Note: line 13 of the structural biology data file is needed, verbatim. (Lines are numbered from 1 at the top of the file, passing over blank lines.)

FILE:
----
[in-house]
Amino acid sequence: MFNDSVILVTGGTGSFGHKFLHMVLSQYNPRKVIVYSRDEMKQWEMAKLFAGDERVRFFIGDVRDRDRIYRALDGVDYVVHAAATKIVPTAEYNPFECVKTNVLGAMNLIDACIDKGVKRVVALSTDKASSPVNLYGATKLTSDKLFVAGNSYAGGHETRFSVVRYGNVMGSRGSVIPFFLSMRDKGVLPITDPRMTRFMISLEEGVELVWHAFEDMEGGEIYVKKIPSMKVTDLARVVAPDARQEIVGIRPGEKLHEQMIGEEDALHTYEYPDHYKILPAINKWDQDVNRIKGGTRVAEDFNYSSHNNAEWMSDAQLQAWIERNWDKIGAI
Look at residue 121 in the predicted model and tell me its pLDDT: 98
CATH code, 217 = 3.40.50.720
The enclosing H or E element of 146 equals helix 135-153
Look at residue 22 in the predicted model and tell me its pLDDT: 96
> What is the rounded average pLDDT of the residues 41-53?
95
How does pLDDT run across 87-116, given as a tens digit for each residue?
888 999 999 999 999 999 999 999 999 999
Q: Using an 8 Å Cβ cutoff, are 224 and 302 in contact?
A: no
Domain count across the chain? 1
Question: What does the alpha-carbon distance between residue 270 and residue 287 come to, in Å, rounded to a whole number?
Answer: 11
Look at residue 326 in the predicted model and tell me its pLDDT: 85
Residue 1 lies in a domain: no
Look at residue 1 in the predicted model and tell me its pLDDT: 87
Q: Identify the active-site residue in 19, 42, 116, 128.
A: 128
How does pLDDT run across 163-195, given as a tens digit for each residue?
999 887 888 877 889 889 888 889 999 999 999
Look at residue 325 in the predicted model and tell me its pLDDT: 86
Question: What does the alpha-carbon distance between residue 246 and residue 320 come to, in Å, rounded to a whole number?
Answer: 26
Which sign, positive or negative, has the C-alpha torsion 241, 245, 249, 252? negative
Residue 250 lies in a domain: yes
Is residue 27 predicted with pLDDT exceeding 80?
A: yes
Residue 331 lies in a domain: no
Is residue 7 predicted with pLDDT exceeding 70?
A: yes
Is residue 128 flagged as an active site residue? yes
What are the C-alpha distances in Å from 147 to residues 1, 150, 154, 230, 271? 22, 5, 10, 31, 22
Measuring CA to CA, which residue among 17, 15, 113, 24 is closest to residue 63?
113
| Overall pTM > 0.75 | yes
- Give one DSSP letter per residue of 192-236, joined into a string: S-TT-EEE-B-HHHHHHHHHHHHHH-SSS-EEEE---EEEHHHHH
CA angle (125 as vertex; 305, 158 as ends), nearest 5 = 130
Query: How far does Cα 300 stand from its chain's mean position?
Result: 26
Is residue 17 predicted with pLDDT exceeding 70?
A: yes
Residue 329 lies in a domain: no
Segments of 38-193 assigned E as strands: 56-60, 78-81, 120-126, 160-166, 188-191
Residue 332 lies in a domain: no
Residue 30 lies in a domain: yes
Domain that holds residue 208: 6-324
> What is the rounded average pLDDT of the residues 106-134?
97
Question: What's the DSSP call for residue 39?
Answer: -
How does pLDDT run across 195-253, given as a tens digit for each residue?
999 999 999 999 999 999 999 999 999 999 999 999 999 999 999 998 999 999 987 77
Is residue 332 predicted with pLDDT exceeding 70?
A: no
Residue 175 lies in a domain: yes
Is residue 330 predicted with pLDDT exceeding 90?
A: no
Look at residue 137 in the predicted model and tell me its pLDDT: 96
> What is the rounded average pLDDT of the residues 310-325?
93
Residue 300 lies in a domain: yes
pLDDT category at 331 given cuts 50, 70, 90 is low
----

Domain count across the chain? 1